Sure Gmail is faster, sleeker and has more functions. But then Mailbox does not even try to play around with “intelligent” inboxes or all the other fancy data driven automatisms from Google. Remember Google can only offer intelligent inboxes because they practically read your mail. Mailbox is just email. You can control if and how mails are sorted into folders or marked as read. One of the reasons I wanted to degoogle was Google’s growing insistence on presenting me MY data the way they think I would or rather should want it.

And yes. Changing emails on all the websites was a pain. But mailbox also offers email aliases which I used to create another email for this blog without having to open a different email account. Nice.

I did not find a good replacement for Google Notes but I use either the task list or cloud office from mailbox. It is not ideal but it works. I did not want to sign up for something like Evernote as I am not using notes that much. But if you do there are privacy oriented note taking services out there for a small fee.

Google Photos

I used Google Photos for three things. Having a backup online, viewing and showing my photos on the go or on different devices and sharing albums with family or friends. Considering the amount of family pictures I now take I felt more and more uneasy of having the “first bath” pictures of my baby daughter on Google’s servers. Also Google Photos tries to arrange your images the way they think you should want it with automatic album generation, face detection and constant “buy a photobook” offers. With pCloud I can simply replicate the folders on my computer. Simple and perfect for me.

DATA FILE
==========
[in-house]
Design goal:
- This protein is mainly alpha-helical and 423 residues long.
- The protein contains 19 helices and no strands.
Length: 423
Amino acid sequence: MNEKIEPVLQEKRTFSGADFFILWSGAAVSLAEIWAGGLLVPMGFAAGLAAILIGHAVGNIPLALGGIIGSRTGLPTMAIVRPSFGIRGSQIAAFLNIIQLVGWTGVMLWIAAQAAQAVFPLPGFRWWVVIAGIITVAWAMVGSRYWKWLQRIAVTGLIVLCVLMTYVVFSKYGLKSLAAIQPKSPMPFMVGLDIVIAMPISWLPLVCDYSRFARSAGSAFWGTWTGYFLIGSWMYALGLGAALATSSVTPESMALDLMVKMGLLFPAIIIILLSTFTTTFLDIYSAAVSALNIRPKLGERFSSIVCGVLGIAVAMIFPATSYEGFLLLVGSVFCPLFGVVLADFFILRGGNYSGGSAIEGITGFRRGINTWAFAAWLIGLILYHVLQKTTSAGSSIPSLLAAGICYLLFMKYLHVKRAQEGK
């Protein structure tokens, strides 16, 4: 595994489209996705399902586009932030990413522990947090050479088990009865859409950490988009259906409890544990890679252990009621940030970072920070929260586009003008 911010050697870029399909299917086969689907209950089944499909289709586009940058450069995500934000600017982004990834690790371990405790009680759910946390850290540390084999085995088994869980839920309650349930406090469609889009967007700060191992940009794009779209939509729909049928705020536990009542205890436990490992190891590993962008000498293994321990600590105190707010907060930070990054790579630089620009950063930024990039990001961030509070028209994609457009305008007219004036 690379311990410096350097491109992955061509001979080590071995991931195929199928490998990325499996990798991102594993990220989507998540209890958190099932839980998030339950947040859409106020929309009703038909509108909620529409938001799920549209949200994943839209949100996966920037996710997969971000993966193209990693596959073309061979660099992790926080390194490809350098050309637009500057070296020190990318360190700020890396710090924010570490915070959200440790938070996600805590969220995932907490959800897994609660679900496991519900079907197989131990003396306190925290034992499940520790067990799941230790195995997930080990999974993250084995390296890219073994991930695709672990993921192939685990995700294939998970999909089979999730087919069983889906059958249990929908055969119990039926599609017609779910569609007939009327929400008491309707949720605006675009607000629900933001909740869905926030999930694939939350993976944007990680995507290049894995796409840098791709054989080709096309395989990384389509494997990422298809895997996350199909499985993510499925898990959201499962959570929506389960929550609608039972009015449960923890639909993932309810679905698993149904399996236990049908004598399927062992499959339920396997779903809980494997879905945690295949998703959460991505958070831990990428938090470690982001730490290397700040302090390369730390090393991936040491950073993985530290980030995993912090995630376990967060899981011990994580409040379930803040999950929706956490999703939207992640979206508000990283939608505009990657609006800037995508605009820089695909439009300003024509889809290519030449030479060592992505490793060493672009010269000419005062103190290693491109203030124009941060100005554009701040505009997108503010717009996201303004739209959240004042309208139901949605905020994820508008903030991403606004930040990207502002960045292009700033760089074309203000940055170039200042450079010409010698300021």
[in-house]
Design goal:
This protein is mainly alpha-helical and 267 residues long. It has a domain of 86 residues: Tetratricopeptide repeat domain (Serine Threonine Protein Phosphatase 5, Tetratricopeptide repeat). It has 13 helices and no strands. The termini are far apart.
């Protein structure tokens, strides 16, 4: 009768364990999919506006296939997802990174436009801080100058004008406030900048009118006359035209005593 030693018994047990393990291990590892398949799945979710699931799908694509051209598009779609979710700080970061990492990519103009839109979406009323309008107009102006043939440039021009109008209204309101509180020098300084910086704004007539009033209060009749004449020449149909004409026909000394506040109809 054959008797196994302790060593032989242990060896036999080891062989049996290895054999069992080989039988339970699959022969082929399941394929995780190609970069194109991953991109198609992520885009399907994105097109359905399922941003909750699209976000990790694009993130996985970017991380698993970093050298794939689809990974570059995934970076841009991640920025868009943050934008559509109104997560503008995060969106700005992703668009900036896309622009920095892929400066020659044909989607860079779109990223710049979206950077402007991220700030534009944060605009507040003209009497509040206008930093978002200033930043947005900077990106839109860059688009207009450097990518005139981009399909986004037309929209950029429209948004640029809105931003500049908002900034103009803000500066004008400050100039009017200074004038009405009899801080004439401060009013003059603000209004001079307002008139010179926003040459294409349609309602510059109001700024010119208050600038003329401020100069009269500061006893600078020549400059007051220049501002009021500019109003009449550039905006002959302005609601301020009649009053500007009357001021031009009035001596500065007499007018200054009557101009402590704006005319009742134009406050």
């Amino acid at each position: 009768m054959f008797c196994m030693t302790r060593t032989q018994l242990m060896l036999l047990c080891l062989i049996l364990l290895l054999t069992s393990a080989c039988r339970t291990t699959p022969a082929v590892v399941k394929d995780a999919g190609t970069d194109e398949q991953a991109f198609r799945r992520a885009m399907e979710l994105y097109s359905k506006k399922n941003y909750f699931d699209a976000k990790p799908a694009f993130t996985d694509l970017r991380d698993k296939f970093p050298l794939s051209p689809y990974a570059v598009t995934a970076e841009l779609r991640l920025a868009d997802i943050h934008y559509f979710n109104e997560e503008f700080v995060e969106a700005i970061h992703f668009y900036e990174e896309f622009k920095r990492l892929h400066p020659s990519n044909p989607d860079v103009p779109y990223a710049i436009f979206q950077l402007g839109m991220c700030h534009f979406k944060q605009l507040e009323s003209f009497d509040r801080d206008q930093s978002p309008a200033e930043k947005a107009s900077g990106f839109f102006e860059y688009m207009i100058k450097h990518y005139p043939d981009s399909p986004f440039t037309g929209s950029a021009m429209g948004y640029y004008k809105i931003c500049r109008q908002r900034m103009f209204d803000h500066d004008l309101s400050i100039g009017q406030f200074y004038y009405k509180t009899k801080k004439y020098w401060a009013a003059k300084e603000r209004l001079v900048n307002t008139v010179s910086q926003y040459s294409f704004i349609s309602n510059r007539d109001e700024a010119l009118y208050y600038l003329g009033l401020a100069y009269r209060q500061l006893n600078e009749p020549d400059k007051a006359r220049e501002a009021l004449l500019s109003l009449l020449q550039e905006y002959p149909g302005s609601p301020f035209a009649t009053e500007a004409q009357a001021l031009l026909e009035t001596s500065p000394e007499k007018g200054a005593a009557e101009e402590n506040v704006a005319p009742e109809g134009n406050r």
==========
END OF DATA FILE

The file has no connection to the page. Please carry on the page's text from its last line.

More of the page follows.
There are so many cloud providers with very differing degrees of privacy and security. I went with pCloud and I am paying about 5€ a month. You can pay extra for complete encryption if you desire. They also offer a well working Linux client and an app for Android. The app allows me to view all my photos albeit slower and less slick than Google Photos. pCloud allows sharing but I went and gave my wife a free account to she can access all images on her phone with the app.

Google Drive

I used Google Drive as my primary backup and sync so I could access documents from my phone or other devices when not at home. I stored my images there as well and transferred them to Google Photos for viewing. I also used it together with Google Sheets to share certain documents with my family.

For backup and sync pCloud works fine and is with it’s Linux client even better than Google Drive. I was not able to find a good enough Google Sheets replacement because I needed some very specific functions. Of course I could use Microsoft Office365 but that is just changing one devil for the other right? For all other documents I use the cloud service from mailbox.